The structure of Blaze is that of a poem Deep Sea Diver by Robert Francis. The words of the poem actually create the metre. Here’s the first section of the poem, which will create both pitch and metrical material for the first movement of Blaze. For clarity, it may help to listen to the reference recording provided on the web rather than live performance with live electronics on YouTube. The MP3 and the full-score can be downloaded here.
The next step was to reverse just some of these ascending pitch phrases. To achieve this we have to have a :keyword within every function that enables that function to act selectively through a :section list of integers. Or, we could create a function select-section that uses a visual template. Both have advantages and disadvantages.
The next step is to associate the length of each word with a metre. Each letter is to be ‘played’ according to a length value applied to it. Here’s the first verse of the poem as a list of lengths followed by the metre calculation. Notice how the LISP primitives mapcar and length create the list of lengths.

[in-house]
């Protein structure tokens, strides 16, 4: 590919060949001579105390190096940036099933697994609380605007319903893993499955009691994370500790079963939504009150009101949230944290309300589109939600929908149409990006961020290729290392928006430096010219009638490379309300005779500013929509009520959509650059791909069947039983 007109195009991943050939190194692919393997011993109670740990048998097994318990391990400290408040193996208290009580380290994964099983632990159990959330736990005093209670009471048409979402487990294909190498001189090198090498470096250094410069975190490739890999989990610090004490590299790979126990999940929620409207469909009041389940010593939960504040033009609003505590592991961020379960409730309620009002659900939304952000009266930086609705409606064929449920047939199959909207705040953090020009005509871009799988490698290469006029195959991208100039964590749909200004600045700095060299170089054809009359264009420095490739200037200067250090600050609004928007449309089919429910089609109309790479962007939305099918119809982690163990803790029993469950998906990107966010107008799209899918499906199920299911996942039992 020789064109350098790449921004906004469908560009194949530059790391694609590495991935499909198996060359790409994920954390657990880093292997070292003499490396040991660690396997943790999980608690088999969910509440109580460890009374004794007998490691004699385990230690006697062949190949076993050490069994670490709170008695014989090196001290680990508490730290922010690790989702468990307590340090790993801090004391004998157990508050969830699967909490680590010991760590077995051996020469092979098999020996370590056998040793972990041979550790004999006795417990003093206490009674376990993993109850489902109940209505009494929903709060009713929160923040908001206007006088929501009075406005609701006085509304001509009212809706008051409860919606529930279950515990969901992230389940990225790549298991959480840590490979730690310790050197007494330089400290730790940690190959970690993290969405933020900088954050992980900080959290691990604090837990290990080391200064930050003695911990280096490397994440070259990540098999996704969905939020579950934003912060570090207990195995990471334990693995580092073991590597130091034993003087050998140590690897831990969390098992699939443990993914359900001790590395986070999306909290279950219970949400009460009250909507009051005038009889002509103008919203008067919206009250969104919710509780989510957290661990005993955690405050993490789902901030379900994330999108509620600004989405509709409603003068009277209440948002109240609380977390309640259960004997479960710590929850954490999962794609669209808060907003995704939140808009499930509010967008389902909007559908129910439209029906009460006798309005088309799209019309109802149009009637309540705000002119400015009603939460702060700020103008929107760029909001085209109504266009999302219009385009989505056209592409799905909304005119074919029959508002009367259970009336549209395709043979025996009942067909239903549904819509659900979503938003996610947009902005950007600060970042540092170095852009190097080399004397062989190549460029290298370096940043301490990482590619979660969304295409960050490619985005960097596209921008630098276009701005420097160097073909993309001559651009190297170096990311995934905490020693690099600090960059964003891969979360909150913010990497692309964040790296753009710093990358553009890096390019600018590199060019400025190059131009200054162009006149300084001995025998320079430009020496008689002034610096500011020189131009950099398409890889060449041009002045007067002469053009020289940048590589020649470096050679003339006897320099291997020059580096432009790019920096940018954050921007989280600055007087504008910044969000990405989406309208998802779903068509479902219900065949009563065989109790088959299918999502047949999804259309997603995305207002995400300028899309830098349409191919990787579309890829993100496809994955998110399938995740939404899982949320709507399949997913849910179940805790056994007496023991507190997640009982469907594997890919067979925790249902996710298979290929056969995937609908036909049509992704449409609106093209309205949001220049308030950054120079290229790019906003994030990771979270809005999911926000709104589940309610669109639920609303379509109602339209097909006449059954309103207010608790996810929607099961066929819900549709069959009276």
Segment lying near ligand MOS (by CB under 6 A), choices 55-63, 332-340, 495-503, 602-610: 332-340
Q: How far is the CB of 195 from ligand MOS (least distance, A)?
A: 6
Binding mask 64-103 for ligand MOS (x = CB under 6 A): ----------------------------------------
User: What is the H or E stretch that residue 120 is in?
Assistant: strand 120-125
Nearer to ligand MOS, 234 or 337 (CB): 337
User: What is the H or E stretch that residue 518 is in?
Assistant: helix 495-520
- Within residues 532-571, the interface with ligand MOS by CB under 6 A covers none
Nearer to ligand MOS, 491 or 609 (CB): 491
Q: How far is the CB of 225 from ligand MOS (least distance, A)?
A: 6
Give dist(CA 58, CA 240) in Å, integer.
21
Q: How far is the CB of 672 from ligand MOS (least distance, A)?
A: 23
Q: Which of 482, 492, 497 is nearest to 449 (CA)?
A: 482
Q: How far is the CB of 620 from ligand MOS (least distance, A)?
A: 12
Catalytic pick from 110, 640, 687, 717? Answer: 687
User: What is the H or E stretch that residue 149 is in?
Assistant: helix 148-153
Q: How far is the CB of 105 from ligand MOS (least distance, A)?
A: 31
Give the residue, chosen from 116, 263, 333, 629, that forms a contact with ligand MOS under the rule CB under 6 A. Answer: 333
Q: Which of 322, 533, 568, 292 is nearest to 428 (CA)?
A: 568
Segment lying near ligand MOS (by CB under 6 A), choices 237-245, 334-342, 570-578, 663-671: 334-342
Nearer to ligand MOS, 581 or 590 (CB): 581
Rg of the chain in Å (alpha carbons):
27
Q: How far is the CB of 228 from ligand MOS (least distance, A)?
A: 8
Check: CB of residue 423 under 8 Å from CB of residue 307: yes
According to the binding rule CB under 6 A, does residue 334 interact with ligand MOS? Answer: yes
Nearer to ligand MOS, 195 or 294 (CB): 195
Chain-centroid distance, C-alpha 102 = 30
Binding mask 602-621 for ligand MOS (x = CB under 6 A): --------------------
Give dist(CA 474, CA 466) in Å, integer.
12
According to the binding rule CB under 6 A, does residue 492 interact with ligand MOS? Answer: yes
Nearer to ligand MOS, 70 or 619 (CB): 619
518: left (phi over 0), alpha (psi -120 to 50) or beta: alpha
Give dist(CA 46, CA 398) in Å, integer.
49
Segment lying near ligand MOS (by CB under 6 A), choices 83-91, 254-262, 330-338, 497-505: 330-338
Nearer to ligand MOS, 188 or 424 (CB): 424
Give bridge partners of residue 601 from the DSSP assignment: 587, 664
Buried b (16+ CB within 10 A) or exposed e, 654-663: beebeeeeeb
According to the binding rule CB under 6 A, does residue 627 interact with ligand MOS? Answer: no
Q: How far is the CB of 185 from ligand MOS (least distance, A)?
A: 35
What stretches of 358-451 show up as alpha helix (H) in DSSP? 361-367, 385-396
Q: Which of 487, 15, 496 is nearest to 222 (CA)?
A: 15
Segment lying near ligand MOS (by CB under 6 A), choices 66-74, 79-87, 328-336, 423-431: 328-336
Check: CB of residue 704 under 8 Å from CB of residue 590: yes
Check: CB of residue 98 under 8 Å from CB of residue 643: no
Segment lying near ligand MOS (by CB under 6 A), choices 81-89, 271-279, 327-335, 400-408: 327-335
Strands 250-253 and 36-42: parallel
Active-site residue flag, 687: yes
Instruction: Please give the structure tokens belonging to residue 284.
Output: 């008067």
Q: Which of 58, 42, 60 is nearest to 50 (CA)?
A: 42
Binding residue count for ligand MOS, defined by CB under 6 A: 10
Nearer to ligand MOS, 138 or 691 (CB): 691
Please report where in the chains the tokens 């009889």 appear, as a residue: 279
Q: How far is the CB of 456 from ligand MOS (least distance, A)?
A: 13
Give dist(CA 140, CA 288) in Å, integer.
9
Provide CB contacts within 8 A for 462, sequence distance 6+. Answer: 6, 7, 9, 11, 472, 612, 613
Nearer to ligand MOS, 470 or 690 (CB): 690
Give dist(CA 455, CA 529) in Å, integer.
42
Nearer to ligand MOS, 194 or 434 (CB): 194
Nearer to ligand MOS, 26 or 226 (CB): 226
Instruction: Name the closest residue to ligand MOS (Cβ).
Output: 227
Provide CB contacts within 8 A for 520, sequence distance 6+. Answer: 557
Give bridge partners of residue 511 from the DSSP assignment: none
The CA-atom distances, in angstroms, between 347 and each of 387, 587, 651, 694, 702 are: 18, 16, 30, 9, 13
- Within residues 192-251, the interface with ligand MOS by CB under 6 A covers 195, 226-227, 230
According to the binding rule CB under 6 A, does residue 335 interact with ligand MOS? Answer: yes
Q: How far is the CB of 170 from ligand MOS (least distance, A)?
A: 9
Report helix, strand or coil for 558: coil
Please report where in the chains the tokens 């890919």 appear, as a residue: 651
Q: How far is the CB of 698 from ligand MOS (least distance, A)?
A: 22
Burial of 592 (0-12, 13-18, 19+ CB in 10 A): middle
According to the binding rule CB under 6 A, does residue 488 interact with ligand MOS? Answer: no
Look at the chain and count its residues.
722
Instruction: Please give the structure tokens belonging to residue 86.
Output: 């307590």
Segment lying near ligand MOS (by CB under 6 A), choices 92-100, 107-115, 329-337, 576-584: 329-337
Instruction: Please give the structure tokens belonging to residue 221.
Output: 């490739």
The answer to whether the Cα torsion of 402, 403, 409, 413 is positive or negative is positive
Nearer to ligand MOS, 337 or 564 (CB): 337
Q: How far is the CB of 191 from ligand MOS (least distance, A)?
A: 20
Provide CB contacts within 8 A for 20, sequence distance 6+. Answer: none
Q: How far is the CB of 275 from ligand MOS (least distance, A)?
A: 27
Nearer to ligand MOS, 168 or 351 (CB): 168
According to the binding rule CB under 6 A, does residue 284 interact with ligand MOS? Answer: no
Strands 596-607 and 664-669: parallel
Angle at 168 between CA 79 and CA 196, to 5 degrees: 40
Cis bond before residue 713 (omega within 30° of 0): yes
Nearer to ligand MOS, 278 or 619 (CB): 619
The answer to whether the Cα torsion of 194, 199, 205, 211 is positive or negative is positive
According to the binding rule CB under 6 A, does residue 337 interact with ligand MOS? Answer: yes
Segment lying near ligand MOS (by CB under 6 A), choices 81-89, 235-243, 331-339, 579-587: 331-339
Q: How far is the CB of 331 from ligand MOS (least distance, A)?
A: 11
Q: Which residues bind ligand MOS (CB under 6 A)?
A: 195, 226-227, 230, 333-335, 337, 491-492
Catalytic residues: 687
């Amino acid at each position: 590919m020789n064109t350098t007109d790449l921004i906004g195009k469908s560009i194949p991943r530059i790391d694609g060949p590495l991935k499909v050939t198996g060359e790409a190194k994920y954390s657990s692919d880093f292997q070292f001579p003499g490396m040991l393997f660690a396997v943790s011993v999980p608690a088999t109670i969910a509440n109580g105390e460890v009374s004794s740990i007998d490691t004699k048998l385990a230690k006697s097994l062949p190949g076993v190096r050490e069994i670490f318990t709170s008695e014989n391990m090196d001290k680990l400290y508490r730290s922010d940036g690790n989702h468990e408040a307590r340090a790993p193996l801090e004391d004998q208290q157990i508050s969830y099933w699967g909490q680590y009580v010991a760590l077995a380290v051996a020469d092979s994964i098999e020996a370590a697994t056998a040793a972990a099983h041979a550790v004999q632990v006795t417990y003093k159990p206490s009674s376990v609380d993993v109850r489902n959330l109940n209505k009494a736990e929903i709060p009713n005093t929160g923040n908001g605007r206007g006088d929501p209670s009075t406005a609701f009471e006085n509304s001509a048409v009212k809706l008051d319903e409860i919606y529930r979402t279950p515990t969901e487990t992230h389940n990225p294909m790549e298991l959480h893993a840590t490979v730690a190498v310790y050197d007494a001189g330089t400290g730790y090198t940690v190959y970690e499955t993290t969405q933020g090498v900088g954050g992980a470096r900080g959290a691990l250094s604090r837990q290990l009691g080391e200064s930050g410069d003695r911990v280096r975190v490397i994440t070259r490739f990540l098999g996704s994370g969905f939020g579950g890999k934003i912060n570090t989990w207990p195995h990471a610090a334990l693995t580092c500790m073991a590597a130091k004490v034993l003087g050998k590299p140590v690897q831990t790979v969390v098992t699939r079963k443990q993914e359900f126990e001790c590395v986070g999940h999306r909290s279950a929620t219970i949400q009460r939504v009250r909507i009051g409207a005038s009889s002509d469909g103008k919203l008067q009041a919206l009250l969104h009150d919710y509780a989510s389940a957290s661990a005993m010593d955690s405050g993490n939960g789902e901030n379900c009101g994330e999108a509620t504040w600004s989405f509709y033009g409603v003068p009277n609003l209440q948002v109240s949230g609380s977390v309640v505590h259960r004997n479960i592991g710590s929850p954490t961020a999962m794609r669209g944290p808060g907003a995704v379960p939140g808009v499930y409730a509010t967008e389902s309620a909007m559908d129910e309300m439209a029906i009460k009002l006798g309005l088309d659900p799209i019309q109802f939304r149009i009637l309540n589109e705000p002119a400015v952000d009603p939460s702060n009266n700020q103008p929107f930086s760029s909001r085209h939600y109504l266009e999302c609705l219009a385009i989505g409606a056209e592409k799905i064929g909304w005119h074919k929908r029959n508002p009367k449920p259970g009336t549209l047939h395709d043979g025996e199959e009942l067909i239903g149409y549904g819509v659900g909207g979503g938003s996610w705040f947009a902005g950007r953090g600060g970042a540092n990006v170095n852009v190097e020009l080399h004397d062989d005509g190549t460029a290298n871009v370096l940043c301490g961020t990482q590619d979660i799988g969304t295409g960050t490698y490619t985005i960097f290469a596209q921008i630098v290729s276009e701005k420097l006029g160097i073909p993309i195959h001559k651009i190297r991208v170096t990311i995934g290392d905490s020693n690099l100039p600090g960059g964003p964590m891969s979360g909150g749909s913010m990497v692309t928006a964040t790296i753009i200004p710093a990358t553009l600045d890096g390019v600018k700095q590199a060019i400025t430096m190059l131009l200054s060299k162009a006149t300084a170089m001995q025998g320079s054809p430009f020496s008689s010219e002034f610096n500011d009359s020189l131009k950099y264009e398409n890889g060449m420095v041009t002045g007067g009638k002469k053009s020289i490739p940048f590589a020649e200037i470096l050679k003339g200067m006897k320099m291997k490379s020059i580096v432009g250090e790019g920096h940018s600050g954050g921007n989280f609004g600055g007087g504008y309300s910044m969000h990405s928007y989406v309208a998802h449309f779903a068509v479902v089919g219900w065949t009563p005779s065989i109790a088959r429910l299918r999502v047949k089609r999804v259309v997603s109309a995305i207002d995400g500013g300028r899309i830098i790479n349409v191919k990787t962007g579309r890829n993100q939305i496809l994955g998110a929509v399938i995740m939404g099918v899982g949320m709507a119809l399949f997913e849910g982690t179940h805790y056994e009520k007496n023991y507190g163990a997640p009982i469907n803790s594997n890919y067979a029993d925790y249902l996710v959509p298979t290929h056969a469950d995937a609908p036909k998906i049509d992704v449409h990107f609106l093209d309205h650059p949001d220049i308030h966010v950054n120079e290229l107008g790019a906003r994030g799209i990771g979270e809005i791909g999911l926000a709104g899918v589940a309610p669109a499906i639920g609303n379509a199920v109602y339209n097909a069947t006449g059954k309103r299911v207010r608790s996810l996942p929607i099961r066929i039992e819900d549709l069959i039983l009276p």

As the program continues we have to contend with further mapping: from pitch to the special requirements of untuned percussion instruments – although Blaze requires tuned as well. When writing for percussion, and using the standard GM MIDI pitches for drums, it’s often more convenient to map percussion sounds (single pitches) to alphabetic symbols. An untuned instrument setup (or kit) for drums looks like this:
The score-file of Blaze goes through many and further transformations, but what is shown here should be enough to demonstrate the potential of such non-musical data – words and their alphabetic symbols.
In further sections they’ll be an opportunity to view other scores that use the written word and alphabetic symbols to construct computer-aided compositions, notably Origami Letters for tenor voice and string quartet and Quintet for piano and winds.